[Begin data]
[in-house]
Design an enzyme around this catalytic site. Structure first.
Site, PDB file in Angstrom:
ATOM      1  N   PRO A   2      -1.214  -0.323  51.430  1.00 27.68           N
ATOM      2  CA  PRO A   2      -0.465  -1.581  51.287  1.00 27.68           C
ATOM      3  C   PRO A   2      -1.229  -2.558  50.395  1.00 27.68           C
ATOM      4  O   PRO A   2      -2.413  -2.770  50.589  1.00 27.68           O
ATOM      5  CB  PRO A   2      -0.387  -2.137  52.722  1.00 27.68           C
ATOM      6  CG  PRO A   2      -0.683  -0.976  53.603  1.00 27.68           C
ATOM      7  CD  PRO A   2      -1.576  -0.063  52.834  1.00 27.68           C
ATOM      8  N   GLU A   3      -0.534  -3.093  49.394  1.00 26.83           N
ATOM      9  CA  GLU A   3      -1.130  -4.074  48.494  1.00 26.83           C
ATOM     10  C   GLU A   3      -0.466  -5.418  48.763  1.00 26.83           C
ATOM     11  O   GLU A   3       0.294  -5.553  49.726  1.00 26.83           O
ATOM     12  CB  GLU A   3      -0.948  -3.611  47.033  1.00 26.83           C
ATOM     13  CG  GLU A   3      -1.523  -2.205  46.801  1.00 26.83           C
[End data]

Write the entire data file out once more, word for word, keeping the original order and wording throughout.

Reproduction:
[in-house]
Design an enzyme around this catalytic site. Structure first.
Site, PDB file in Angstrom:
ATOM      1  N   PRO A   2      -1.214  -0.323  51.430  1.00 27.68           N
ATOM      2  CA  PRO A   2      -0.465  -1.581  51.287  1.00 27.68           C
ATOM      3  C   PRO A   2      -1.229  -2.558  50.395  1.00 27.68           C
ATOM      4  O   PRO A   2      -2.413  -2.770  50.589  1.00 27.68           O
ATOM      5  CB  PRO A   2      -0.387  -2.137  52.722  1.00 27.68           C
ATOM      6  CG  PRO A   2      -0.683  -0.976  53.603  1.00 27.68           C
ATOM      7  CD  PRO A   2      -1.576  -0.063  52.834  1.00 27.68           C
ATOM      8  N   GLU A   3      -0.534  -3.093  49.394  1.00 26.83           N
ATOM      9  CA  GLU A   3      -1.130  -4.074  48.494  1.00 26.83           C
ATOM     10  C   GLU A   3      -0.466  -5.418  48.763  1.00 26.83           C
ATOM     11  O   GLU A   3       0.294  -5.553  49.726  1.00 26.83           O
ATOM     12  CB  GLU A   3      -0.948  -3.611  47.033  1.00 26.83           C
ATOM     13  CG  GLU A   3      -1.523  -2.205  46.801  1.00 26.83           C